Why the auto industry (mostly) opposes proposed tariffs
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The Trump administration imposed tariffs on imports of steel and aluminum first. It then added tariffs worth $50 billion on Chinese exports, which it may increase to $250 billion in the coming months. Since May, it’s also been considering whether to impose tariffs of up to 25 percent on imports of cars and auto parts.
These tariffs are a type of protectionism — a way to shield domestic industries from foreign competition. Taxing imported goods makes foreign products more expensive relative to domestic ones. Therefore, it should be relatively easy to predict which companies will support them and which won’t. Often, domestic producers favor tariffs, while their foreign competitors and those who buy their products oppose them.
However, when it comes to auto tariffs, the domestic-foreign division doesn’t hold. The line between domestic and foreign auto companies, between who’d benefit and who’d be hurt by tariffs, is now much murkier than in the past.
“For the longest time, we just never waded into trade issues,” said Jennifer Thomas, vice president of federal government affairs at the Alliance of Automobile Manufacturers, which represents both American and foreign automakers — companies like Ford and General Motors, but also Toyota and BMW. “We just took trade off the table. We just could not reach a consensus.”
But Thursday, Thomas was one of 44 stakeholders who testified against the imposition of tariffs during a public comment day at the Department of Commerce. Only one of the registered speakers spoke in favor of tariffs, according to analysis by Politico.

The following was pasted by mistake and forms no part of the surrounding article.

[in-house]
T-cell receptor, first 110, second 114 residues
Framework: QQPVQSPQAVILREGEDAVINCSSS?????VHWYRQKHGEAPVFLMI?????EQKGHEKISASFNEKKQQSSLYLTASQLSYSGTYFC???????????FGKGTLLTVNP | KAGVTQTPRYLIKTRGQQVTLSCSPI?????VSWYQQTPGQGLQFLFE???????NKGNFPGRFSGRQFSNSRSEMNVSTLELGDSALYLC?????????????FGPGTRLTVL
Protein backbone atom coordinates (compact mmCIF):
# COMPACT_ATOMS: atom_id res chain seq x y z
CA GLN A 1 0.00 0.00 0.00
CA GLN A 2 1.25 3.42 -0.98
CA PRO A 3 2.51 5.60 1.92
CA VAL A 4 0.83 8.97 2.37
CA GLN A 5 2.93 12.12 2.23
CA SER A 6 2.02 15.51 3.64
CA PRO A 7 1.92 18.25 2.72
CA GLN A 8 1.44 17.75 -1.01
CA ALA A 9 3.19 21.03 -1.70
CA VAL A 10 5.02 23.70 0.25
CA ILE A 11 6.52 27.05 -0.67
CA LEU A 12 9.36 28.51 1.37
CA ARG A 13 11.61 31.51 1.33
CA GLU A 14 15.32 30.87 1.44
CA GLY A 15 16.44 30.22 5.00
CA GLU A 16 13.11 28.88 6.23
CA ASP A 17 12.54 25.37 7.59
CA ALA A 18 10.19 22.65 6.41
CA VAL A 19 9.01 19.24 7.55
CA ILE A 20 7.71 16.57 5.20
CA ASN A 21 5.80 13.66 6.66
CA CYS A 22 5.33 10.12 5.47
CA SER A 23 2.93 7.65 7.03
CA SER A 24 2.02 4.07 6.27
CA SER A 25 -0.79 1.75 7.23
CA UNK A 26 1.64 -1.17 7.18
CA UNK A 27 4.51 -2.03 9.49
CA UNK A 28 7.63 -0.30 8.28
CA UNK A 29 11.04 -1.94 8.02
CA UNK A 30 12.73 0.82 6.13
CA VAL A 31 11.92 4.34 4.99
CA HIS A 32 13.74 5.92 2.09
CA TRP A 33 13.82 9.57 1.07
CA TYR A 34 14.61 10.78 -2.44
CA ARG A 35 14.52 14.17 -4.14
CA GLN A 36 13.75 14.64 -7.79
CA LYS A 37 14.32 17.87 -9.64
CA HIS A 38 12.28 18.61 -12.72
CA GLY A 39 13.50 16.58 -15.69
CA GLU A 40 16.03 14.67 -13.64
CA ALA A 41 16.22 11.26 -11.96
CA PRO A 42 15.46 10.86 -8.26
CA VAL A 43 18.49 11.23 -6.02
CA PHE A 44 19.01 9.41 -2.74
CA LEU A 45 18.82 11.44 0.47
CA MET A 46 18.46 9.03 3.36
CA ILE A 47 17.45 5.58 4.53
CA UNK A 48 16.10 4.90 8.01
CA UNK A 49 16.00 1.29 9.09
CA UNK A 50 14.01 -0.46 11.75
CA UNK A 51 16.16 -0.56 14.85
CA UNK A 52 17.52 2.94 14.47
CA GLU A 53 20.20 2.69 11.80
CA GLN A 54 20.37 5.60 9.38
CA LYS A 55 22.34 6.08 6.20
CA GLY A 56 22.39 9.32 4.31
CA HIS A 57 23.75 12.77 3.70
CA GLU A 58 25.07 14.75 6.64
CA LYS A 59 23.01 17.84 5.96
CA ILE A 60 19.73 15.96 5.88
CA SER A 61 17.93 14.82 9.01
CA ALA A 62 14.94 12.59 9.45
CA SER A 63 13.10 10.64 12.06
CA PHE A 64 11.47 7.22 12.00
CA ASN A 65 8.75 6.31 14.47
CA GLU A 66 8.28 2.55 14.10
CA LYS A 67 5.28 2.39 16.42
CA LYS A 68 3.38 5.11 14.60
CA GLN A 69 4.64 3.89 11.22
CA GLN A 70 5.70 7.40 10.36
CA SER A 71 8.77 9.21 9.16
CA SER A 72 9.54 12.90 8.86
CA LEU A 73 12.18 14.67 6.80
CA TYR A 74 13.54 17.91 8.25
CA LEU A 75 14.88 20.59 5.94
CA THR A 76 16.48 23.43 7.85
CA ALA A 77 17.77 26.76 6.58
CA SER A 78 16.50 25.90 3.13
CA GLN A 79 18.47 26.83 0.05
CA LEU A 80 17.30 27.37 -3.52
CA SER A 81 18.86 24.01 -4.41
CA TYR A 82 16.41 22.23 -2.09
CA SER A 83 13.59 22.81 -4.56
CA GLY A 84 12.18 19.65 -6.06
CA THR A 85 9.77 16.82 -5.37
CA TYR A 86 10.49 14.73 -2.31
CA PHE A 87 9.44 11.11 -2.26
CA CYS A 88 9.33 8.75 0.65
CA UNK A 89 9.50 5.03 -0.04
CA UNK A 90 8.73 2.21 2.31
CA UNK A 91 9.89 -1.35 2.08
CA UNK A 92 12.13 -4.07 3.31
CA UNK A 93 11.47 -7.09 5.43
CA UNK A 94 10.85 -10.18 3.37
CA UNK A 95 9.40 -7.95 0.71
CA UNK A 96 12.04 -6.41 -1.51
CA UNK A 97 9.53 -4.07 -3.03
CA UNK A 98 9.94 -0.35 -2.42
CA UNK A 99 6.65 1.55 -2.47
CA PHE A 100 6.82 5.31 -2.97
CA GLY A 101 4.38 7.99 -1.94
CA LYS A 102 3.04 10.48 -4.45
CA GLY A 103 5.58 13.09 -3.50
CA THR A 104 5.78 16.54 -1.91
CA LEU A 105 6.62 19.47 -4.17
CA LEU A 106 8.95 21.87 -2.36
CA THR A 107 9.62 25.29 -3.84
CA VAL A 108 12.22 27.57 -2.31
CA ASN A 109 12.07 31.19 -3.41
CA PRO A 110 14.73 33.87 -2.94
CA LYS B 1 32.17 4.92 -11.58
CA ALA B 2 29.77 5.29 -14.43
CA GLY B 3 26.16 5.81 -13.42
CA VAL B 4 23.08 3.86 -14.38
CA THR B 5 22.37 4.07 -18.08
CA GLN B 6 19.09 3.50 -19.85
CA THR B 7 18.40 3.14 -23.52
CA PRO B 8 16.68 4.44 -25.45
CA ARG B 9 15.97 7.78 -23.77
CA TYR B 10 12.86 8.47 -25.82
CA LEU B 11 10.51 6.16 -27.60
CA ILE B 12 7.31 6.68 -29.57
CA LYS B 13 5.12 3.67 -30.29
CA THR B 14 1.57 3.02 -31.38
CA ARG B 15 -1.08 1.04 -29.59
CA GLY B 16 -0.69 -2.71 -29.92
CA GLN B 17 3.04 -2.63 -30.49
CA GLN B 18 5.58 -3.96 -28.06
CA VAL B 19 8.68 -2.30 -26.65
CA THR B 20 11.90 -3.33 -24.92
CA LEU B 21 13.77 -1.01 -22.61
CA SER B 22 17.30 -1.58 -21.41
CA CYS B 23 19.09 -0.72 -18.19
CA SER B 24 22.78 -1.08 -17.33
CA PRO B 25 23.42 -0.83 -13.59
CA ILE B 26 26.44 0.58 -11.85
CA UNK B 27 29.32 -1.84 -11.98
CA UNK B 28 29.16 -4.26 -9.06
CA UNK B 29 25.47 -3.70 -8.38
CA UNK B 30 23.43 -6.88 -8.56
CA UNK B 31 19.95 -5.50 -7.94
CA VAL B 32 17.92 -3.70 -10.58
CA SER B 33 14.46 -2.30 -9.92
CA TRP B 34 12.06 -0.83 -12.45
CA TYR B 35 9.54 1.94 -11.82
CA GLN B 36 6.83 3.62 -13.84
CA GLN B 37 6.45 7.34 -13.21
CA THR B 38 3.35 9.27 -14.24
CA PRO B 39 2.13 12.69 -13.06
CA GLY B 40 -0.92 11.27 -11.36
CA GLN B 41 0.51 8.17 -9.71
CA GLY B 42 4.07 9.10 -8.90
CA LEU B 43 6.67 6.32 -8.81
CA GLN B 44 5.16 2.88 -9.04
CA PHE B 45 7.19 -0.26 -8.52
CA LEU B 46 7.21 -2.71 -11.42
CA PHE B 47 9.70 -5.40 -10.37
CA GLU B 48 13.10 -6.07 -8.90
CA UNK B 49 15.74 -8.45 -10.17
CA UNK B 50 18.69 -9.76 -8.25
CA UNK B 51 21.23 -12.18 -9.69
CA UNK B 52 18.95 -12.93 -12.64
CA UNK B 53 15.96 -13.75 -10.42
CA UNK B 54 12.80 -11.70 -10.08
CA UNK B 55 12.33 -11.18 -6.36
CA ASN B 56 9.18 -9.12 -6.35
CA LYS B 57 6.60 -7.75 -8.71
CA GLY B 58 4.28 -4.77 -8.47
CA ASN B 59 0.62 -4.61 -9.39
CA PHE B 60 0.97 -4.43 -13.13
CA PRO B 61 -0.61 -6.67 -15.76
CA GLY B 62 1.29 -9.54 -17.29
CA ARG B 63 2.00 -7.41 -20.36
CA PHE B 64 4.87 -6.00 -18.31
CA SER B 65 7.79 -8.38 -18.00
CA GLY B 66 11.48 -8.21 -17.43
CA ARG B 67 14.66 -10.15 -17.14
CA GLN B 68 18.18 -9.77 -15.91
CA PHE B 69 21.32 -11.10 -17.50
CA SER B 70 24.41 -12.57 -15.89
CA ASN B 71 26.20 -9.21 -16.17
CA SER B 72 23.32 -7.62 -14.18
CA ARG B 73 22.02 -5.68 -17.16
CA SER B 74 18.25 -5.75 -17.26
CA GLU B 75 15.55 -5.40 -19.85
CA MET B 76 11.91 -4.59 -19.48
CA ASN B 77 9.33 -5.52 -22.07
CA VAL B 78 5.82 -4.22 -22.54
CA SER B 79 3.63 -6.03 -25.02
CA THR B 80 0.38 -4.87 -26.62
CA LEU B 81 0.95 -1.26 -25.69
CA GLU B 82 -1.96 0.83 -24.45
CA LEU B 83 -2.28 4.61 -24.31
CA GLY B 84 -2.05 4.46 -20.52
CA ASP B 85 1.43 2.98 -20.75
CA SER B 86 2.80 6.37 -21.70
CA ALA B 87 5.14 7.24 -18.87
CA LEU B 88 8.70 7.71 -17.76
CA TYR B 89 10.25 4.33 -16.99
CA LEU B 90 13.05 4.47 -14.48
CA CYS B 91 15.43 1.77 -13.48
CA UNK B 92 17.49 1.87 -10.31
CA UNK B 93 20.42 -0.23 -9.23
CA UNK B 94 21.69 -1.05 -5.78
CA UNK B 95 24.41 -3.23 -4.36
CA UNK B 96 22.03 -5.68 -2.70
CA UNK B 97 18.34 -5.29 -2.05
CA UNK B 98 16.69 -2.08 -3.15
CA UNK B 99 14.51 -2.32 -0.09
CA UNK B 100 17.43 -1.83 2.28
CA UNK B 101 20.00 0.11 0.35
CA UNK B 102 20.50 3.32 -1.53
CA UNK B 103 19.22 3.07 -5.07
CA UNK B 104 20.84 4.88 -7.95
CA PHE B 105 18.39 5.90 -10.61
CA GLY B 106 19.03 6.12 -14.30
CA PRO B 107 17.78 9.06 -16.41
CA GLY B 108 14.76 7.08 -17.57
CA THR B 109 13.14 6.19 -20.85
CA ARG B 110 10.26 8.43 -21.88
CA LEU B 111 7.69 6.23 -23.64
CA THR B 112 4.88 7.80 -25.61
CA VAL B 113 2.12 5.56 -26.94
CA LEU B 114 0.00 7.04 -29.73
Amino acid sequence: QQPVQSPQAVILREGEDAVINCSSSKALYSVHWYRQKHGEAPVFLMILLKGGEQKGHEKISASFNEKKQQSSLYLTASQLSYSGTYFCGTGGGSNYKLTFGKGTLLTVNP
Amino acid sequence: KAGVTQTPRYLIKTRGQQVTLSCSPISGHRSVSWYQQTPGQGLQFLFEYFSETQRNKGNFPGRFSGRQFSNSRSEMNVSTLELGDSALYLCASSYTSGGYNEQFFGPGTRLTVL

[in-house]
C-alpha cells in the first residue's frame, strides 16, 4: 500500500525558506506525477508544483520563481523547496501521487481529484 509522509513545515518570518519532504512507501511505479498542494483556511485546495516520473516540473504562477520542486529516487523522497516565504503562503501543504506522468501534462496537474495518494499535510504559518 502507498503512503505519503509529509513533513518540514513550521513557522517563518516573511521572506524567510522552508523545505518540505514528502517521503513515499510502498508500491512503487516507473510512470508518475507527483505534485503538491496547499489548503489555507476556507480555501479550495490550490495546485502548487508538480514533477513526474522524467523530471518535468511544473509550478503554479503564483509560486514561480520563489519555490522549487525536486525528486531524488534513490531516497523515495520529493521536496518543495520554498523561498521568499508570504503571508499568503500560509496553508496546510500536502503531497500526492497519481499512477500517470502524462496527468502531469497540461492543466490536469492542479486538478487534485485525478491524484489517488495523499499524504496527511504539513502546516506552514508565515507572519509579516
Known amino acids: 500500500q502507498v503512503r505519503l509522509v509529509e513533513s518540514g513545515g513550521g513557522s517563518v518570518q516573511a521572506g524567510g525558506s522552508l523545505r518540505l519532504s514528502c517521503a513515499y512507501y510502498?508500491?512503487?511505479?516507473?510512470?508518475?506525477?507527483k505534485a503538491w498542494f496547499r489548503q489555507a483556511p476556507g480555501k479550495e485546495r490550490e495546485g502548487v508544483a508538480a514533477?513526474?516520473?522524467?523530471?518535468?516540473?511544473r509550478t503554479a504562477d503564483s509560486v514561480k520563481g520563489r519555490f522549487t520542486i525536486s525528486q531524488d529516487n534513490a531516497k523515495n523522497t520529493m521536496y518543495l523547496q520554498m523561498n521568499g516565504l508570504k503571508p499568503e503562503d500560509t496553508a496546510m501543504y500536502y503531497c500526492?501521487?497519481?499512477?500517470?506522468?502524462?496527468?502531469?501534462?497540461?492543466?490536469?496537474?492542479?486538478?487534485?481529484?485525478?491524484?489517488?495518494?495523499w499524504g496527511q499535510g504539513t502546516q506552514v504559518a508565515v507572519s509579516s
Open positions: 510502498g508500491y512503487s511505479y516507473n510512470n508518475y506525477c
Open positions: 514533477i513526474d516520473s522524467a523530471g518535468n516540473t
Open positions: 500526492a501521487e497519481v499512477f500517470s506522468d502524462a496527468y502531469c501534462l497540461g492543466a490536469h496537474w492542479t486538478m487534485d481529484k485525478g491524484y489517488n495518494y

“All of our member companies are now global companies, so they’re all impacted by these tariffs in some fashion,” Thomas said in an interview before her testimony. She said tariffs would make cars more expensive for consumers, decrease sales and put American jobs at risk.
“There are no major national car companies that are just American or just German or just Japanese,” said Emily Blanchard, a professor at Dartmouth’s Tuck School of Business.
Even within one company, tariffs could affect different models in different ways.
“For example, if you want to buy a Subaru Outback, there’s a really good chance that your Outback was made in the United States,” Blanchard said. “But if you buy a Forester right next to it on the lot, that Forester was made in Japan.”
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Moreover, the Trump is administration is also considering whether these tariffs should apply to car parts as well.
Whether Canada and Mexico are included or exempted from the tariffs would have a significant impact on how they would affect the auto industry, said Kristin Dziczek, vice president of industry, labor and economics at the Center for Automotive Research.
“There’s a lot of Canadian and Mexican content in domestically built vehicles and there’s a lot of U.S. content in vehicles built in Canada and Mexico,” she said. “The auto supply chains within NAFTA are so integrated.”
Despite being close trading partners and allies, Canada and Mexico were not exempted from recent tariffs on steel and aluminum.
Like with those metal tariffs, the question the Trump administration is considering is whether auto imports are a threat to U.S. national security.
In announcing its investigation, the Commerce Department said: “Automobile manufacturing has long been a significant source of American technological innovation.” It wants to determine whether imports are weakening the industry in a way that could have implications for the overall economy and compromise national security.
Should the Trump administration decide to move forward with the tariffs, other countries will surely retaliate, said Dartmouth’s Blanchard.
“If the U.S. puts on substantial auto tariffs, this is yet another policy grenade going off in the trade policy landscape,” she said. “And I would be very surprised if this didn’t substantially and rapidly escalate the trade war.”
Last month, Commerce Secretary Wilbur Ross said the investigation could conclude as early as late July or August.
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